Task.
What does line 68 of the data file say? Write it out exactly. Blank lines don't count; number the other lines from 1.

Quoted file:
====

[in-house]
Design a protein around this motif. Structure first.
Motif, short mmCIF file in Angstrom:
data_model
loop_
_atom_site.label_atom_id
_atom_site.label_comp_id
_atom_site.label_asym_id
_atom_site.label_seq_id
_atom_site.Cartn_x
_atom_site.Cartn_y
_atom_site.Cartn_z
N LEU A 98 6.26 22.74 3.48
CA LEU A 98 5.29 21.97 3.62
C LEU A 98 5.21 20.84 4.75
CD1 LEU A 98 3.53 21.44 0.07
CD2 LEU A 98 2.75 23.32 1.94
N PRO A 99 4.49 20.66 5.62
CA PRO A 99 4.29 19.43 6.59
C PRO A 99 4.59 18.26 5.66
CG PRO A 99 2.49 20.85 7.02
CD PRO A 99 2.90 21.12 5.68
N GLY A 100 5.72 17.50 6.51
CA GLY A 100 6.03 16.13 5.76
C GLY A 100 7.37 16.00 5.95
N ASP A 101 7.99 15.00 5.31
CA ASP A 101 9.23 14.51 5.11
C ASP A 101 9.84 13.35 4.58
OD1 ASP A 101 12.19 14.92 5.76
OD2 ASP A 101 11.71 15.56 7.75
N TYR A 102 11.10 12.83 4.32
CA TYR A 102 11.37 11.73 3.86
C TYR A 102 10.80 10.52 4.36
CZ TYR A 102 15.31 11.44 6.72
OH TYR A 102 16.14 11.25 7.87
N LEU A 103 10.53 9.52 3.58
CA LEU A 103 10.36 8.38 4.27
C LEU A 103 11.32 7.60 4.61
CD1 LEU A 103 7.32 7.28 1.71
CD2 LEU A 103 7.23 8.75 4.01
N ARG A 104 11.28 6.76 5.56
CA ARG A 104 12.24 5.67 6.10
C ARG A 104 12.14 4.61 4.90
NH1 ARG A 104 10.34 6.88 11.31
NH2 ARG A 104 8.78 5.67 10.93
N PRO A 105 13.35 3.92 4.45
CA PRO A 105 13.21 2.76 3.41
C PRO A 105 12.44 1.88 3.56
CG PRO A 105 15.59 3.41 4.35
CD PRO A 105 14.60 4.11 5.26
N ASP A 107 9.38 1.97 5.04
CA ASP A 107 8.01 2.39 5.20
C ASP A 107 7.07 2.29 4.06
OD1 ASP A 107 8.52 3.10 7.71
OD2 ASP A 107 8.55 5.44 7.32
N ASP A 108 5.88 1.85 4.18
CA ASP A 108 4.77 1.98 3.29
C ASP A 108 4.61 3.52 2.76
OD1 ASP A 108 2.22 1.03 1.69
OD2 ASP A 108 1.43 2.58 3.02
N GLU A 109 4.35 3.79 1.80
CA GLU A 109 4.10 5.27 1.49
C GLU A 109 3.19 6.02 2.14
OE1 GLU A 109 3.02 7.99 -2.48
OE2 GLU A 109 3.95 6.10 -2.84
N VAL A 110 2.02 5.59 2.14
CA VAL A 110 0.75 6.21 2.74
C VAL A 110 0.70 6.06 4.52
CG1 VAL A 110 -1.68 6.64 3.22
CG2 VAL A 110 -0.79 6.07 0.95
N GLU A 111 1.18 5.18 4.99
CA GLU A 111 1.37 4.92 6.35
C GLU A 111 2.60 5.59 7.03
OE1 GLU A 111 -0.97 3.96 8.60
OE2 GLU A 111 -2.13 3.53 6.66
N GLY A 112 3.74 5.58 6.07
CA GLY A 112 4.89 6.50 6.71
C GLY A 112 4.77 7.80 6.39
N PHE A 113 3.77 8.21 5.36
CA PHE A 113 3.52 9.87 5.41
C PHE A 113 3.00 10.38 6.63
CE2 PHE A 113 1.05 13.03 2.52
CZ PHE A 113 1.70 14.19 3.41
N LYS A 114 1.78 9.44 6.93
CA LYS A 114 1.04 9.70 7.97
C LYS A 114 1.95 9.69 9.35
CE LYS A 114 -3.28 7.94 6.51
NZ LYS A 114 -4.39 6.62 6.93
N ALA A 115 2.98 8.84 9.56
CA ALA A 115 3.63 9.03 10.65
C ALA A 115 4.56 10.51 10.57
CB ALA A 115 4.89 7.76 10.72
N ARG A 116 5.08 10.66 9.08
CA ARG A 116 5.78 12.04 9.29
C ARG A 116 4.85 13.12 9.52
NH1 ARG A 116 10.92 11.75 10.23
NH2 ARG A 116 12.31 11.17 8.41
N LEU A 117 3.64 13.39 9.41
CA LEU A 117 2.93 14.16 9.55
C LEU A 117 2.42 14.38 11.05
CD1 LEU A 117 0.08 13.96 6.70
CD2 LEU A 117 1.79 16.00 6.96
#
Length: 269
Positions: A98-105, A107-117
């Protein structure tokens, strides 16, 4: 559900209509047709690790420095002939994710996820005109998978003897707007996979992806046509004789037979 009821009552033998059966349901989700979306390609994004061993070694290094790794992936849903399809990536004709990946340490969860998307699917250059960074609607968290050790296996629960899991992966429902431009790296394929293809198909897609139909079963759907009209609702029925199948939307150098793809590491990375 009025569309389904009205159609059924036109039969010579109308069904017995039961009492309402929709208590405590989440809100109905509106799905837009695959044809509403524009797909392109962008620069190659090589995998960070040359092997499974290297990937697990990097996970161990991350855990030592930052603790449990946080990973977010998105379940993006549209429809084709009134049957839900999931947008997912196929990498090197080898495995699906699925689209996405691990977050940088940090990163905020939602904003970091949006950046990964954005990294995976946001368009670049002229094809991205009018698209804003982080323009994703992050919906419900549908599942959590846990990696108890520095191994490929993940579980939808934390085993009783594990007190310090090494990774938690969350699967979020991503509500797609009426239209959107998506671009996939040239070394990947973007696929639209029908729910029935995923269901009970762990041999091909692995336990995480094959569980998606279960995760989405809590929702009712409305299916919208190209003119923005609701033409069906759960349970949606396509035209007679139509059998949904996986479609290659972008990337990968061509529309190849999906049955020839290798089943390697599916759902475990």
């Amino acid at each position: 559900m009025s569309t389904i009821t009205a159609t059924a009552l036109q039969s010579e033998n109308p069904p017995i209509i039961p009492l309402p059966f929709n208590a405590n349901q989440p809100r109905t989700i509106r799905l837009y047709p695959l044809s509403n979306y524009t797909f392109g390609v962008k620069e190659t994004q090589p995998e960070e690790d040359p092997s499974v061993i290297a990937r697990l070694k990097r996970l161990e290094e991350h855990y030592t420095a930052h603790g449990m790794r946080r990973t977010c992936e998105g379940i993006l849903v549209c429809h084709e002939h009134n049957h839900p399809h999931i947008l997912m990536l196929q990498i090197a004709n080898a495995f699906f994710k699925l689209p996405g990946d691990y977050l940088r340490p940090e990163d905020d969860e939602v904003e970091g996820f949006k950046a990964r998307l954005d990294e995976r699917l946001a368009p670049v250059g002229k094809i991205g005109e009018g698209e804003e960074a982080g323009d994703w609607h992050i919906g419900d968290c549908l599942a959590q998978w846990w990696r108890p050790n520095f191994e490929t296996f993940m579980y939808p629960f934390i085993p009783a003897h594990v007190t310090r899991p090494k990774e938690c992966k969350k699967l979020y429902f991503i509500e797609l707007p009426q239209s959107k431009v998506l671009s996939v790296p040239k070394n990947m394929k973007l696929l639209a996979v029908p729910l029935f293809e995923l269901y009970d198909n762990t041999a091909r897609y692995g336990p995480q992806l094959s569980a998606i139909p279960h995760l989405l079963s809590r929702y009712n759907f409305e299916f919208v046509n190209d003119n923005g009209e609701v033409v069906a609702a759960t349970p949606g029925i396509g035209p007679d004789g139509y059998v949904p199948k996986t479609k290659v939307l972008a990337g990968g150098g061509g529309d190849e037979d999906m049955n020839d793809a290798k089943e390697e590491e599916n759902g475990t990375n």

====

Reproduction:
C VAL A 110 0.70 6.06 4.52